Approaching your retirement date is exciting, but it can also be scary. Once you quit your job for good, you're entirely dependent on whatever sources of retirement income you've developed during your working years, plus whatever you might be able to earn after you retire. If that money comes up short, you could spend retirement barely scraping by instead of living life to the fullest.
Luckily, there's a pretty reliable way to avoid that frightening predicament.
Picking the right retirement date
Many retirees choose a retirement date based entirely on age. It might be age 62, because that's when they can first claim Social Security; age 65, because that's the "traditional" age for retirement; or some other age that just seems like the right point at which to quit working. The problem is, age isn't the only (or even the most important) factor in deciding your retirement date. Instead, you should your retirement date should be the day on which you'll have sufficient sources of income to keep you going indefinitely.
Finding your retirement income sources
Most retirees can depend on at least two sources of retirement income: Social Security benefits and the balance in their 401(k) or IRA. If you're fortunate enough to have other sources of income, such as a workplace pension, so much the better.
Pulling up your Social Security statement (which you can do by creating an account on ssa.gov) will give you a good idea of how much you can expect in Social Security benefits. However, this number isn't entirely dependable. For one thing, if you're still years or even decades from retiring, you can expect considerable changes to your earnings during the intervening years -- and those changes will affect your benefits. If your career suffers a setback and your earnings drop, so will your Social Security benefits. If you're promoted and your paycheck flourishes, the opposite will happen. Once you get closer to your retirement date, changes to your earnings become less of a factor, but there's still a definite possibility that the program itself will either suffer cuts or receive additional funding. The bottom line: Don't expect your Social Security statement to be right on the money.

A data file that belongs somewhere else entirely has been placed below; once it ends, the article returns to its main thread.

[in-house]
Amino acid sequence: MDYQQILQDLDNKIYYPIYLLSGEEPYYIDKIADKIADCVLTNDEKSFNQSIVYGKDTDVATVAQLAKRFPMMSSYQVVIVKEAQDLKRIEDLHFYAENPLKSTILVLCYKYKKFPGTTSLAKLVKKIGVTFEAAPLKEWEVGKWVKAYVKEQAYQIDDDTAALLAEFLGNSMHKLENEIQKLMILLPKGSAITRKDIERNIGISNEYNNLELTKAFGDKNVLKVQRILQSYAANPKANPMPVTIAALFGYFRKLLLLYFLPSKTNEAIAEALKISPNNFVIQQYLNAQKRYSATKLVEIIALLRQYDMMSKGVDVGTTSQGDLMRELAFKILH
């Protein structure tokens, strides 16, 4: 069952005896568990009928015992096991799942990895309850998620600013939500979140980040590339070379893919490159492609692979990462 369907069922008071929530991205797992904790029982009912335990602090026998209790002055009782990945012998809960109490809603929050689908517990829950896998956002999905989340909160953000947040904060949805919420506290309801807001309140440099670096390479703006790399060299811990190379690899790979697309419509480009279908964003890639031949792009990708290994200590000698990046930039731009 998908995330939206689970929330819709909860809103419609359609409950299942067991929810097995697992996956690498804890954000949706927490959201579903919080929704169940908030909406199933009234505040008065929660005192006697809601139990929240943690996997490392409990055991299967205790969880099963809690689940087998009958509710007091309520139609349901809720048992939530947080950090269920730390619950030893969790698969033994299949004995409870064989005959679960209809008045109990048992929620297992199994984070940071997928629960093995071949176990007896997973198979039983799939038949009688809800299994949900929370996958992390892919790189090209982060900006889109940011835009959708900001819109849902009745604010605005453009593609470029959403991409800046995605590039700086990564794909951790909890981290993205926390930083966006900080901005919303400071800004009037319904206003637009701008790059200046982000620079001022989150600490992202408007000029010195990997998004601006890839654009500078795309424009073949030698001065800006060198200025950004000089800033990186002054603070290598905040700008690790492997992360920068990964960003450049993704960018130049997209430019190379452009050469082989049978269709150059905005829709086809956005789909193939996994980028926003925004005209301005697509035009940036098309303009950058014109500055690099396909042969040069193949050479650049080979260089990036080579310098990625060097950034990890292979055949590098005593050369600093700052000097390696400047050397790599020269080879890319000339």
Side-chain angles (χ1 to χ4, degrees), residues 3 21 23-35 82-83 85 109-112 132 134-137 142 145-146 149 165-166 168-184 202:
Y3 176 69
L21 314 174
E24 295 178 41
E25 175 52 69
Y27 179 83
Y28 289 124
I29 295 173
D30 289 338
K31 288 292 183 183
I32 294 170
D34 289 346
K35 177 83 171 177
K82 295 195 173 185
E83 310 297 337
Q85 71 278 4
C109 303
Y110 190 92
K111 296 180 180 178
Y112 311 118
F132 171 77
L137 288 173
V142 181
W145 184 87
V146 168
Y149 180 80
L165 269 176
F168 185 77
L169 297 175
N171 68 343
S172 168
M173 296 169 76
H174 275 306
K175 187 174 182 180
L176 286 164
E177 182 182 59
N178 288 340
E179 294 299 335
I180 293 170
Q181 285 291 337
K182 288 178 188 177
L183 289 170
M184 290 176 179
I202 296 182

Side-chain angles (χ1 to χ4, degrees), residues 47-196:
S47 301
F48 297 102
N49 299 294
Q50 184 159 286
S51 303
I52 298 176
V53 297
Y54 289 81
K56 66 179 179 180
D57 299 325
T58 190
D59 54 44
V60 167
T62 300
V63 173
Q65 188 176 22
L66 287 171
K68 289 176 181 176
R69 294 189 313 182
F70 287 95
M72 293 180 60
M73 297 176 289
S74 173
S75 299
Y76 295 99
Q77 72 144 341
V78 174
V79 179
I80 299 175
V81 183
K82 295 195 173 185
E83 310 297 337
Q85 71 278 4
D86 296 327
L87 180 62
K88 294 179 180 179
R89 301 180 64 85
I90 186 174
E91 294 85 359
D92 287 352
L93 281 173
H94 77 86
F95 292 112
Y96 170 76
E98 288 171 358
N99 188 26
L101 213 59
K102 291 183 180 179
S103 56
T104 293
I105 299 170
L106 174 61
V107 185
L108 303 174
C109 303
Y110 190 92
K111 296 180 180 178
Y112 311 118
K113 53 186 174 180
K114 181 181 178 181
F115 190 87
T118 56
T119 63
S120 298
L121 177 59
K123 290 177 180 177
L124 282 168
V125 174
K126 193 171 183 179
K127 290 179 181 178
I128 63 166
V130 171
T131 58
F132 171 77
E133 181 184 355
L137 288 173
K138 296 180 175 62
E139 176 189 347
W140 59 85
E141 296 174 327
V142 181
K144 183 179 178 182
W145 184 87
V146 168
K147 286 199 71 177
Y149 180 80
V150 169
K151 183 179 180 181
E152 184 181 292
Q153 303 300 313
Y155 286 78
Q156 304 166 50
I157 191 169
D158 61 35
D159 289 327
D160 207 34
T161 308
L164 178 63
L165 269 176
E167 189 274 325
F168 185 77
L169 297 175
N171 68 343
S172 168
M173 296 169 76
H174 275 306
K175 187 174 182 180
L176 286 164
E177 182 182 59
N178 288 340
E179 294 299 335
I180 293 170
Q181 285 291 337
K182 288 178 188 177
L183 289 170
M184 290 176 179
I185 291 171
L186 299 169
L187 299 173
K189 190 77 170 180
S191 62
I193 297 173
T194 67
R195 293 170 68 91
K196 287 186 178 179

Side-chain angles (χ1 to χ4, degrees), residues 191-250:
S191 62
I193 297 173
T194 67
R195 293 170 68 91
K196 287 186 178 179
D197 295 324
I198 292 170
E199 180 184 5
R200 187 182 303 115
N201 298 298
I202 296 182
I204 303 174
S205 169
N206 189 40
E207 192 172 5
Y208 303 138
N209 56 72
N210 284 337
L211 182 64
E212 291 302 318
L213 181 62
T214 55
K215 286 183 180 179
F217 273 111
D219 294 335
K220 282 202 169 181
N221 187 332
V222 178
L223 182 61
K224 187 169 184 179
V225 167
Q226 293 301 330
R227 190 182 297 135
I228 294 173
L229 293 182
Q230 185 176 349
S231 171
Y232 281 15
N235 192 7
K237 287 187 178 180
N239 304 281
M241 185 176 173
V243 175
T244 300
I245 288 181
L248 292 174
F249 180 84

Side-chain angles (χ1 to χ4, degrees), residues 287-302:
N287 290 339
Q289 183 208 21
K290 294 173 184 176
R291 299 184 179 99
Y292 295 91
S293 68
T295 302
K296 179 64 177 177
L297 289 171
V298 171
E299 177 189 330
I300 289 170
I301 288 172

You have more control over your retirement savings, but they're still somewhat dependent on the fortunes of the stock market and the health of the economy. If the stock market is booming when you retire, you're in luck: You'll be able to take fairly generous distributions from your accounts without depleting them. But if the market suffers a major crash right around the day you retire, your investments may not be able to generate the income you need.
Projecting your retirement income
So how do you figure out how much retirement income you'll really have? For starters, it's better to be pessimistic than optimistic. In an ideal world, you wouldn't factor Social Security benefits into your retirement income calculations at all. If you treat those benefits entirely as extra money, then cuts to the program and similar issues won't cause any trouble for your retirement plans.